Currency Press | 978-0-86819-632-9 | Sales rights: worldwide | PB
Norm and Ahmed
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Norm and Ahmed

Alex Buzo
 
‘Buzo has something real and immediate to say about Australian attitudes. He makes the audience uneasy about the unperceptiveness of an “average” Aussie confronted by a well-mannered, educated Pakistani student. Norm parades many of the proper, accepted attitudes which […] are shot through the fabric of the Australian character.’
Griffen Foley, Daily Telegraph, 10 April 1968

Written and performed in 1968, Norm and Ahmed was Alex Buzo’s first performed play. It gained immediate notice, both for Norm’s spectacular language and for the character of Ahmed, one of the first South Asian characters to feature in contemporary Australian theatre. Still alarmingly relevant in the twenty-first century, Norm and Ahmed has earned its place as a classic of Australian theatre due to its timeless themes and the heightened language, performance style and concern with the behaviour of Australians, its origins and causes that characterised the New Wave.

Features a critical response to Norm and Ahmed by Stephen Sewell, produced by Currency Press for its Cue the Chorus series.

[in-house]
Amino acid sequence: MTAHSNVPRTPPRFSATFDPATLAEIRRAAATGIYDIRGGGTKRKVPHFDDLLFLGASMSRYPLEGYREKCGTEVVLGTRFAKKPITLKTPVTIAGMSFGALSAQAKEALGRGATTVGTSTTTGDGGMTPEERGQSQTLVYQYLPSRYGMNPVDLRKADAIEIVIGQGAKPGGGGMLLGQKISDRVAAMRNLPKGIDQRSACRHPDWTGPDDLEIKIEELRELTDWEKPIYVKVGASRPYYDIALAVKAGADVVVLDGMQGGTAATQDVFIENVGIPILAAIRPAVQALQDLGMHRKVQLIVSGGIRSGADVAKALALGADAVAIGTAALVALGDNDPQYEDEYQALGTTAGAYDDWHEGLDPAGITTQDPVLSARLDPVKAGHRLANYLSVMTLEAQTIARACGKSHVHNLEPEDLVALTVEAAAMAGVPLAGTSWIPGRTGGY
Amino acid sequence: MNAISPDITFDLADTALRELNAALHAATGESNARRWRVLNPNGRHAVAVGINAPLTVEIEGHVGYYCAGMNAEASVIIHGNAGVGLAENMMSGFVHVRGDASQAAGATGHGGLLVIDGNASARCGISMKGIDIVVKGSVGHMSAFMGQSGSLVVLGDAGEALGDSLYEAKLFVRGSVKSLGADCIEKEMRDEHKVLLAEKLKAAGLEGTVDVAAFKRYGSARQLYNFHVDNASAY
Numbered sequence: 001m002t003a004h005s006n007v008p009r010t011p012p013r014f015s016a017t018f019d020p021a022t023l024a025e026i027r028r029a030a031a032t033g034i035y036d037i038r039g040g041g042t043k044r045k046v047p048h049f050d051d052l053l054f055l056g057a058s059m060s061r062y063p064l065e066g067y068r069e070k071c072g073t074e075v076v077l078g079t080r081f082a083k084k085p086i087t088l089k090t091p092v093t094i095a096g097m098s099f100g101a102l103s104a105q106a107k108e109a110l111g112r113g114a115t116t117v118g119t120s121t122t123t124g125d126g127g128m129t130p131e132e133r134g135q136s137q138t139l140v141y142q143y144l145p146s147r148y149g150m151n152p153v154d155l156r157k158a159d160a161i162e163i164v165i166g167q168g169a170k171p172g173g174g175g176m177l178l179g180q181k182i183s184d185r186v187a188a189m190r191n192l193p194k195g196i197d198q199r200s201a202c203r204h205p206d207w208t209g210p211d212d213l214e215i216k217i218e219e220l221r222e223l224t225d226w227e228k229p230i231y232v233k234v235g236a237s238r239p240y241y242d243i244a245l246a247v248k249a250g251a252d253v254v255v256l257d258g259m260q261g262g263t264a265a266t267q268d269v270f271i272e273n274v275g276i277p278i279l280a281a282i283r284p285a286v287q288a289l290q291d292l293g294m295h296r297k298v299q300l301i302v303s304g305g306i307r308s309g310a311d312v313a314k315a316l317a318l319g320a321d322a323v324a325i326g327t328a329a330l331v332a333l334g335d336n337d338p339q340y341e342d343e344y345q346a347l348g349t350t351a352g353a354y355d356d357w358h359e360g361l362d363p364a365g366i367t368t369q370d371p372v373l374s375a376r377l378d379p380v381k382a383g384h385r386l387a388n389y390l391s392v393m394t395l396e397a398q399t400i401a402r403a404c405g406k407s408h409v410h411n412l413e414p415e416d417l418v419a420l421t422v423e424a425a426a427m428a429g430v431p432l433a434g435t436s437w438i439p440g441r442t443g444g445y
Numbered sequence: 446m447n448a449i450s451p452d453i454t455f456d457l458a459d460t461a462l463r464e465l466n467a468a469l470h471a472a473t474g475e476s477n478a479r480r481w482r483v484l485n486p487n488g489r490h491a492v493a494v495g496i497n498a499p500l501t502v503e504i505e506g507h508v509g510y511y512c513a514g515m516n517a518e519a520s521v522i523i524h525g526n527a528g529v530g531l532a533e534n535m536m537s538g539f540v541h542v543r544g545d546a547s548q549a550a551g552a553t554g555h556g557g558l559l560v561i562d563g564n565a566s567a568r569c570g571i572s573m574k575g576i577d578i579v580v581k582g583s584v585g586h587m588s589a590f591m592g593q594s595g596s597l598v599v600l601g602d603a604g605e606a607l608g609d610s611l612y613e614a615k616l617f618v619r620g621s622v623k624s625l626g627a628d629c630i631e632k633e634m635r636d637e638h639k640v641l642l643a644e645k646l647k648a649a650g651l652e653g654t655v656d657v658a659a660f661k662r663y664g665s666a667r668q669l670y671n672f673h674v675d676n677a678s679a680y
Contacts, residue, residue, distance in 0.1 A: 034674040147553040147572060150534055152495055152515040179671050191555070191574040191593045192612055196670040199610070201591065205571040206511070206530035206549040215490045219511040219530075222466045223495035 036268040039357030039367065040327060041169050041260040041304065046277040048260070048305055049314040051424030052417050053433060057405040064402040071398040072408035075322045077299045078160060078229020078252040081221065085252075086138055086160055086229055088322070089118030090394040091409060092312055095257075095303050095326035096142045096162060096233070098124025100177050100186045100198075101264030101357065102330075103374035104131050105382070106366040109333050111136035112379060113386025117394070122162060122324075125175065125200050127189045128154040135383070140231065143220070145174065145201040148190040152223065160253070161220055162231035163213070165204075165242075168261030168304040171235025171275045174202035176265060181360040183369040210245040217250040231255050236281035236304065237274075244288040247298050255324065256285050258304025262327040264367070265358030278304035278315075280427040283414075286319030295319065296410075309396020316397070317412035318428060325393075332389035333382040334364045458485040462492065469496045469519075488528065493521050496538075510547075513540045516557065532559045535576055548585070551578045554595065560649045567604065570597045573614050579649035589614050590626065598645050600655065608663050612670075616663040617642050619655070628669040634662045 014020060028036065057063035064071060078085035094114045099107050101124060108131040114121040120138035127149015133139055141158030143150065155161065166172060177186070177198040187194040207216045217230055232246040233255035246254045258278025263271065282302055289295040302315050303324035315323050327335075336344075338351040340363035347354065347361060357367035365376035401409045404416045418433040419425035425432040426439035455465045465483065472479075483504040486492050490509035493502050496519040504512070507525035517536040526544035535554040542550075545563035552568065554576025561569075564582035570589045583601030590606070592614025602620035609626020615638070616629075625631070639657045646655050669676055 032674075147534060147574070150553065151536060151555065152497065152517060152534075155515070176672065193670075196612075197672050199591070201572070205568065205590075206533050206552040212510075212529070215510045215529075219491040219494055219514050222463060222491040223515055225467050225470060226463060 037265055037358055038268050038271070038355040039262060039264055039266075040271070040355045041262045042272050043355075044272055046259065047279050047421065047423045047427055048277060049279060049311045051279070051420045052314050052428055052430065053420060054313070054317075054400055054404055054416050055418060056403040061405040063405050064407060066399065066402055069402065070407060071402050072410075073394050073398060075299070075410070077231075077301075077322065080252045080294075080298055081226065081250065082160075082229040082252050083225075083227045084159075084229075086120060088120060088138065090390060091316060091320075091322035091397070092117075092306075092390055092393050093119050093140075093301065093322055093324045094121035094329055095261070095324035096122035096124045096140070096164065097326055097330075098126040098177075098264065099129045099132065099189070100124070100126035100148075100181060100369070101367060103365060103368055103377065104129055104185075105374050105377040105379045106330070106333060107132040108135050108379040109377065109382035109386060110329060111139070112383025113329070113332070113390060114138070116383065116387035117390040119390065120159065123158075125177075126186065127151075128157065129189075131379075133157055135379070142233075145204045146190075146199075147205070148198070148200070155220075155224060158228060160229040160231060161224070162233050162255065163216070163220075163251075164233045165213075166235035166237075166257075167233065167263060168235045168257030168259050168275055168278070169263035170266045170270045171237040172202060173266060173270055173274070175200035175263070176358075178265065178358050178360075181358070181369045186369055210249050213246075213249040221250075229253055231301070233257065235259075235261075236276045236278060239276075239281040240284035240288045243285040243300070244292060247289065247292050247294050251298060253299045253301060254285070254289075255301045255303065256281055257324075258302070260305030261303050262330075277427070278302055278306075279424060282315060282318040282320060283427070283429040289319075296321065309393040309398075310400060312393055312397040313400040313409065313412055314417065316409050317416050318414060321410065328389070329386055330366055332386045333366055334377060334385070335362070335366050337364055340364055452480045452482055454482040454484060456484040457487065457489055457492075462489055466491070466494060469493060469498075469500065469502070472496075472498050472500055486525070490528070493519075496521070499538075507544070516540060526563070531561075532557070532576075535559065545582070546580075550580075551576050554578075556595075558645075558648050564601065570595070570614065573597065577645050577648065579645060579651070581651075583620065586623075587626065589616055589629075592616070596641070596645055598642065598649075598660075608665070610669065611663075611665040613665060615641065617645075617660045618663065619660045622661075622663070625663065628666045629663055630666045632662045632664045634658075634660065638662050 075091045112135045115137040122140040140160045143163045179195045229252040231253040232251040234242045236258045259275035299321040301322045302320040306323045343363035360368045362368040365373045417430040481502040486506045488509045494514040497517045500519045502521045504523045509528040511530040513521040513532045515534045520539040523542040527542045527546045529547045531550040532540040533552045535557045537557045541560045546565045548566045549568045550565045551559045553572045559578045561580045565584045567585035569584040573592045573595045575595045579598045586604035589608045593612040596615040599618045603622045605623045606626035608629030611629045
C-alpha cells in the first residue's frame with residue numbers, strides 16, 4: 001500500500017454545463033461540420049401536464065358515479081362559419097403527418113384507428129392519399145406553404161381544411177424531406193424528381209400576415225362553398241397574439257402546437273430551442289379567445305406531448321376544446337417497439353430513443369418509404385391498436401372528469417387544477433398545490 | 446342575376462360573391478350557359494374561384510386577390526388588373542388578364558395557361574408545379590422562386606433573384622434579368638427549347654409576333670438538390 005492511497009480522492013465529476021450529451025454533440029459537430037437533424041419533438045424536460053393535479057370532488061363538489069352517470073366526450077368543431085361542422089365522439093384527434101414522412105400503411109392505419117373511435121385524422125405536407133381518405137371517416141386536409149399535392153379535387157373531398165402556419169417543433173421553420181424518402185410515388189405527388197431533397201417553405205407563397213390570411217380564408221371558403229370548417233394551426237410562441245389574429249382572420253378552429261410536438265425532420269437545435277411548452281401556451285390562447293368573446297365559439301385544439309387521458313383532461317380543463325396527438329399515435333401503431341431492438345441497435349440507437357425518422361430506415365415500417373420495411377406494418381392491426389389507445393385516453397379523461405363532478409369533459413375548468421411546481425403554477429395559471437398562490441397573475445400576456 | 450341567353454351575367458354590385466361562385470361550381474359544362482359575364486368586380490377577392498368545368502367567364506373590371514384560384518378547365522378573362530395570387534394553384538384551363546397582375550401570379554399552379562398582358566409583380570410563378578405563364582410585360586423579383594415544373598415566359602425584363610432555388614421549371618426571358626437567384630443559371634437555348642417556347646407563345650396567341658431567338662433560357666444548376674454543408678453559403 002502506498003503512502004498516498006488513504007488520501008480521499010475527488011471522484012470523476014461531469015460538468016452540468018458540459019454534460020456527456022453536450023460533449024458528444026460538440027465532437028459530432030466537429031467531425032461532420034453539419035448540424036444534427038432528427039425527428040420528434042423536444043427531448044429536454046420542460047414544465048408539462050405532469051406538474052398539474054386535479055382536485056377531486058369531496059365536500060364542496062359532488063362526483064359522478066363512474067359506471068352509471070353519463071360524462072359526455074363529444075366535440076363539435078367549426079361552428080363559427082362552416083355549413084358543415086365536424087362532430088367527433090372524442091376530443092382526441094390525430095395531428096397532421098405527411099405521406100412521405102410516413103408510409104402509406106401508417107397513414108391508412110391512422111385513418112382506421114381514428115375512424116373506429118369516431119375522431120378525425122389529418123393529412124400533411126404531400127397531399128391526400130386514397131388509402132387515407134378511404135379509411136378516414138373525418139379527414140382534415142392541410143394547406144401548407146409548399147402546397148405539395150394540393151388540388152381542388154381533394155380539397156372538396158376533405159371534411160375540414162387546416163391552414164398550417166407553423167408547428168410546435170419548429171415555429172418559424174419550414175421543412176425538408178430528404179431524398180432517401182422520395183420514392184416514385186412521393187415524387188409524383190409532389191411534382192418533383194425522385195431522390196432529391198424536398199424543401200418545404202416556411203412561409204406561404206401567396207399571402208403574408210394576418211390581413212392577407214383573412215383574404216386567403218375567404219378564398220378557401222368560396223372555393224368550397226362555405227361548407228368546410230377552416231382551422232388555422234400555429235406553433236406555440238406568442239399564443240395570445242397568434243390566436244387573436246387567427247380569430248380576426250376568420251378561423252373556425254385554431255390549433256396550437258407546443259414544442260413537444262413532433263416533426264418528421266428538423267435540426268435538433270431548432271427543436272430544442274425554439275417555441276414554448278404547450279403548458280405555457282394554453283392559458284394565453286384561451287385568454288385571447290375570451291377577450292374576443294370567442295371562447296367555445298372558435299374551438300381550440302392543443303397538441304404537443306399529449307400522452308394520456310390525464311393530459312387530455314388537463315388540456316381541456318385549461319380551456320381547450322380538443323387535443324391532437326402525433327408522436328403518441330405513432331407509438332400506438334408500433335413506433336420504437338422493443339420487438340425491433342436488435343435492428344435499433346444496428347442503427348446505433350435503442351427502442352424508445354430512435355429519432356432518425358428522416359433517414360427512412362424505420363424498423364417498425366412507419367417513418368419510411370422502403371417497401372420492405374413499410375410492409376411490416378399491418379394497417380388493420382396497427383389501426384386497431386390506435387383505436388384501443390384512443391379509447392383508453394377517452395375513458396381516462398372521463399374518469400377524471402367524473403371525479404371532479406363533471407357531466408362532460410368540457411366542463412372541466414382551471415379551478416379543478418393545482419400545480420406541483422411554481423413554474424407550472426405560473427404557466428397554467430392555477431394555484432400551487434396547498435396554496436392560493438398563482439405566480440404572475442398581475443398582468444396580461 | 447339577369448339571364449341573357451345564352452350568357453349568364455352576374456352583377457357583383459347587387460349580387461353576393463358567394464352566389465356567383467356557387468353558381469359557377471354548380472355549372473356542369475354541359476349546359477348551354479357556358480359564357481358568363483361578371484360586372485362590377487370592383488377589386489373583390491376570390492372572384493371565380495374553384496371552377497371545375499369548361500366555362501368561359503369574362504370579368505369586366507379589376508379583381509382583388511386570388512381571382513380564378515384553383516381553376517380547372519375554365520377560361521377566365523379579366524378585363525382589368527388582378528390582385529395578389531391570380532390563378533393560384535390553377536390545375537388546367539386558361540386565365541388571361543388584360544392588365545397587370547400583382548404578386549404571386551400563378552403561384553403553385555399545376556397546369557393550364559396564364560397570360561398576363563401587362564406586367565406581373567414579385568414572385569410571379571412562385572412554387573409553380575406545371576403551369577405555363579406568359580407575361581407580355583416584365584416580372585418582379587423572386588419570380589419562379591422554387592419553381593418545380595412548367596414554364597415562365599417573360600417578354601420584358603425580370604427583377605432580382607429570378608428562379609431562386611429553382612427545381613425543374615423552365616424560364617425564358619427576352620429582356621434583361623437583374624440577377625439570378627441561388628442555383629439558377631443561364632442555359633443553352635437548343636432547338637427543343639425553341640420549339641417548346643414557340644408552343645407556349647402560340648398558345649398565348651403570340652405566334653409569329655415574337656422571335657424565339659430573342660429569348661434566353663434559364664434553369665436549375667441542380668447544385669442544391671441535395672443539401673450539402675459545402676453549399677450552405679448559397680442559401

Resources
Single edition eBook available from

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Cast : 2M
Currency Press | 978-1-92500-528-8 | Sales rights: worldwide | PB
Plays of the 60s: Volume 1
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Plays of the 60s: Volume 1

Currency Modern Drama

Katharine Brisbane (ed)
 
Burst of Summer , by Oriel Gray (1960) 
A social-realist play dealing with racial prejudice set in a country milk bar. Suggested by the promotion of the Aboriginal actor Ngarla Kunoth, who played the title role in Charles Chauvel's  Jedda, the play explores a town divided over a new housing development for the Aboriginal population. Passions are stirred by press interest in Peggy, an Aboriginal girl who has won brief fame as a film actress; entrenched pastoral interests; envy and racism; and perceived Aboriginal fecklessness. Despite the intercessions of a local black lawyer and Joe, the 'dago' cafe owner, the summer heat busts into violence.

   Resources

The Well by Jack McKinney (1960)
A delightful country comedy that testifies to the impending end of the cultural isolation of rural life. 

   Resources

The Promised Woman, by Theodore Patrikareas (1963)